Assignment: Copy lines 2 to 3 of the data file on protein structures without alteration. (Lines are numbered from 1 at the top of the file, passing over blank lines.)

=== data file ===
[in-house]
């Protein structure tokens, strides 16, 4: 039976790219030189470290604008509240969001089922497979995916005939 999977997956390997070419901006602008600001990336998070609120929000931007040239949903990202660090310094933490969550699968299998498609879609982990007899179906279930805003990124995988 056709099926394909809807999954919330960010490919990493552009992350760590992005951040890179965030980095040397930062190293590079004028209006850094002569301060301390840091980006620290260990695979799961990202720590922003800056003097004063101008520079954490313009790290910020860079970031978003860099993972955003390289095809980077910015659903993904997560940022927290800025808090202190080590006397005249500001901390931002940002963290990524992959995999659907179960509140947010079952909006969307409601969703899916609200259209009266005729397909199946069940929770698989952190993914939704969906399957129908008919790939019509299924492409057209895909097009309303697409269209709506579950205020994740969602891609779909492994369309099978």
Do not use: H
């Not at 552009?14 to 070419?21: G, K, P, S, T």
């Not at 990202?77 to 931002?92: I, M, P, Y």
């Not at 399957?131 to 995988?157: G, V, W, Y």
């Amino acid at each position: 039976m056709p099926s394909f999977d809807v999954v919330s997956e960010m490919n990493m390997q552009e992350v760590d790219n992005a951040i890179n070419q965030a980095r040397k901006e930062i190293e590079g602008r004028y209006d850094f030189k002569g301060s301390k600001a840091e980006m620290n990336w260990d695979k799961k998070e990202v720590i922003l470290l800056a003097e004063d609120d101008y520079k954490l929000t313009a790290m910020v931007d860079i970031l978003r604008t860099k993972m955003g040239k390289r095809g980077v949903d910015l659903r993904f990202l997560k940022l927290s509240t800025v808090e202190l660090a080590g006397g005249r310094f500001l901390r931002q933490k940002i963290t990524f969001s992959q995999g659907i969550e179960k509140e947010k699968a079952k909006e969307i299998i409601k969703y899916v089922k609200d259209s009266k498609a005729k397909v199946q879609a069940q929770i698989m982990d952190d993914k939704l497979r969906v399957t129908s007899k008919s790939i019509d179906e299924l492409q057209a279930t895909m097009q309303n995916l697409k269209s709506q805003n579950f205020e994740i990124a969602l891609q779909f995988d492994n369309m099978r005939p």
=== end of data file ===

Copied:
């Protein structure tokens, strides 16, 4: 039976790219030189470290604008509240969001089922497979995916005939 999977997956390997070419901006602008600001990336998070609120929000931007040239949903990202660090310094933490969550699968299998498609879609982990007899179906279930805003990124995988 056709099926394909809807999954919330960010490919990493552009992350760590992005951040890179965030980095040397930062190293590079004028209006850094002569301060301390840091980006620290260990695979799961990202720590922003800056003097004063101008520079954490313009790290910020860079970031978003860099993972955003390289095809980077910015659903993904997560940022927290800025808090202190080590006397005249500001901390931002940002963290990524992959995999659907179960509140947010079952909006969307409601969703899916609200259209009266005729397909199946069940929770698989952190993914939704969906399957129908008919790939019509299924492409057209895909097009309303697409269209709506579950205020994740969602891609779909492994369309099978």
Do not use: H